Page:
Understanding Antioxidants | Veggiecation© a Culinary-Nutrition Education Program About Vegetables
Monday, 23 September 2013 18:45

Understanding Antioxidants

Foods with “antioxidant” properties are featured or mentioned so often when it comes to eating well that they have become indicators for healthy food.  When the word is used to define a fruit or vegetable, it’s often just assumed that the product being talked about is good for you.  However, while it’s important to eat foods that benefit your health, it’s equally important to know the reasons behind such claims.  A basic understanding of terms will allow you to sort through the facts and fads of healthy eating.


Here’s a simple introduction to the world of antioxidants for the interested folks out there who want to know more!



So what does this word mean and why should we care?


An antioxidant is a chemical that neutralizes the harmful effects of its counterpart, the oxidant.  Oxidants form for a variety of reasons and they are impossible to avoid. 

Oxidants can be caused by:

- Inflammation

- Viruses

- Chemicals

- Radiation

- Cigarette smoke

- Food digestion – turning food into energy

- Exercising



You may hear the term “free radicals” when discussing antioxidants.  Oxidants produce free radicals and it is the free radicals that are linked to cancer and aging. The most important thing to remember is that free radicals cause cell damage and in order to preserve our health, we want our cells to be as strong as possible!  Click here for more information!


Where can we get some of these antioxidants everyone’s talking about?


We can attack free radicals and oxidants by eating foods that help maintain our naturally occurring antioxidant systems.  It’s important to nourish our bodies with foods that are rich in the nutrients that help us manufacture our own antioxidant systems.  These foods fight cell damage and work together to prevent free radical damage.


Key nutrients to look out for and where to find them:

  • Selenium – Crimini and shitake mushrooms, mustard seeds, oats, tofu, sunflower seeds, broccoli, brown rice, garlic, asparagus, and spinach.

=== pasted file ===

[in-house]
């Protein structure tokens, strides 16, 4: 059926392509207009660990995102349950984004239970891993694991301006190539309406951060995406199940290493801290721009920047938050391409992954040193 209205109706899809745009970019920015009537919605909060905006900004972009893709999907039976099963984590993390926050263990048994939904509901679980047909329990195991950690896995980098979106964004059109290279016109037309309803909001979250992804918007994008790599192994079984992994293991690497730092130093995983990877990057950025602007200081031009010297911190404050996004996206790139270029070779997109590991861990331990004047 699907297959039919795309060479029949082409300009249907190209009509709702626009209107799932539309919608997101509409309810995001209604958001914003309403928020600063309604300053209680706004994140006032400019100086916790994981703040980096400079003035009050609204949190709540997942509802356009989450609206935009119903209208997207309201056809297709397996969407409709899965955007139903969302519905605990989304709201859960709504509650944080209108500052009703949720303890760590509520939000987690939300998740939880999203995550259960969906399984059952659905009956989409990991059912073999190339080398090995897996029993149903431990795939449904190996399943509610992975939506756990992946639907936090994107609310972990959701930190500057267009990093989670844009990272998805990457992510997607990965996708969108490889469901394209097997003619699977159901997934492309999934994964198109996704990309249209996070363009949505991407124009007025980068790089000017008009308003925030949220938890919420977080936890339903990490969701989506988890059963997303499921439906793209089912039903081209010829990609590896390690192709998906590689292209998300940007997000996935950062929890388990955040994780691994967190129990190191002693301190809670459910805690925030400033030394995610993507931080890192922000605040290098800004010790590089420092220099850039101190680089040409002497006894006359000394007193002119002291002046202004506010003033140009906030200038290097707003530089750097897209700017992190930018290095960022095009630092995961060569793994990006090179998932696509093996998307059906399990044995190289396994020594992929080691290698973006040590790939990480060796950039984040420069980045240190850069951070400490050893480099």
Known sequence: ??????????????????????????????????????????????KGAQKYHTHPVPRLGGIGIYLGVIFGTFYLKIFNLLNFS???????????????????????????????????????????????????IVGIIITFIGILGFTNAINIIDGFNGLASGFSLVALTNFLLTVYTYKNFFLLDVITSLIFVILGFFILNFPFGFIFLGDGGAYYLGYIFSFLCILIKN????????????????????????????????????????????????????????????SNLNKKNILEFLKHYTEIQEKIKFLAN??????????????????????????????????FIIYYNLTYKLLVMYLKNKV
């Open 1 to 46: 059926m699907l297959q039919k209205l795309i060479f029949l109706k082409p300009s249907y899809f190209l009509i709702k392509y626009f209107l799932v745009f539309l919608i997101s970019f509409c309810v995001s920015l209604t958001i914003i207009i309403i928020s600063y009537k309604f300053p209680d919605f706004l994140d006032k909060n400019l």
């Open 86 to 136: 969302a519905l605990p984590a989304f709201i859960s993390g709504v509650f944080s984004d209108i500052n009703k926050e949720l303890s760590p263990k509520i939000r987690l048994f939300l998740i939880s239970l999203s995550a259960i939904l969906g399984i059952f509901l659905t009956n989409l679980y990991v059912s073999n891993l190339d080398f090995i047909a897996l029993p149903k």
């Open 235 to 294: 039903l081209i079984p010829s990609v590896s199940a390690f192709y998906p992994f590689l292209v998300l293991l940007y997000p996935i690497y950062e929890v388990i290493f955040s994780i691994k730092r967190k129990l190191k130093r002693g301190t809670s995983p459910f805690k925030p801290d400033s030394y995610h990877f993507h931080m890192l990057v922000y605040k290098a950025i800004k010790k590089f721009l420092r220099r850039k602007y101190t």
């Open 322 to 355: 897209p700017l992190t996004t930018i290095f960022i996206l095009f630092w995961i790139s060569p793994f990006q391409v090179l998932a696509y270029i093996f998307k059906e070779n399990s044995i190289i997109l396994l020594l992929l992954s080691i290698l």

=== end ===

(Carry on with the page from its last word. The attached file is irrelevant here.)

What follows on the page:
• Carotenoids – Sweet potatoes, spinach, kale, collard greens, carrots, swiss chard, romaine lettuce, cantaloupe, bell peppers, broccoli, asparagus, papaya, tomatoes, cayenne pepper, green peas, Brussels sprouts,grapefruit, green beans, watermelon, apricots, parsley, celery, olives, figs, and summer/winter squash.
  • Vitamin E – Sunflower seeds, swiss chard, almonds, spinach, collard greens, kale, papaya, olives, bell peppers, Brussels sprouts, blueberries, tomatoes, broccoli, and kiwi.
  • Vitamin C – Bell peppers, parsley, broccoli, strawberries, cauliflower, romaine lettuce, Brussels sprouts, papaya, kale, kiwi, cantaloupe, oranges, grapefruit, cabbage, tomatoes, Swiss chard, collard greens, raspberries asparagus, celery, spinach, pineapple, green beans.


Here are some other foods high in antioxidants, according to ORAC (Oxygen Radical Absorbance Capacity) units. The list below is comprised of the most common, antioxidant dense ingredients from their database.  

  • Herbs – Oregano, rosemary, thyme
  • Spices – Tumeric, cinnamon, nutmeg, cumin
  • Other – Acai, cocoa (unsweetened)


By making sure to maintain a diet full of antioxidants, you can prevent the effects that cell damage has on our bodies! Our tip is to always eat well-balanced meals that are full of colorful produce.

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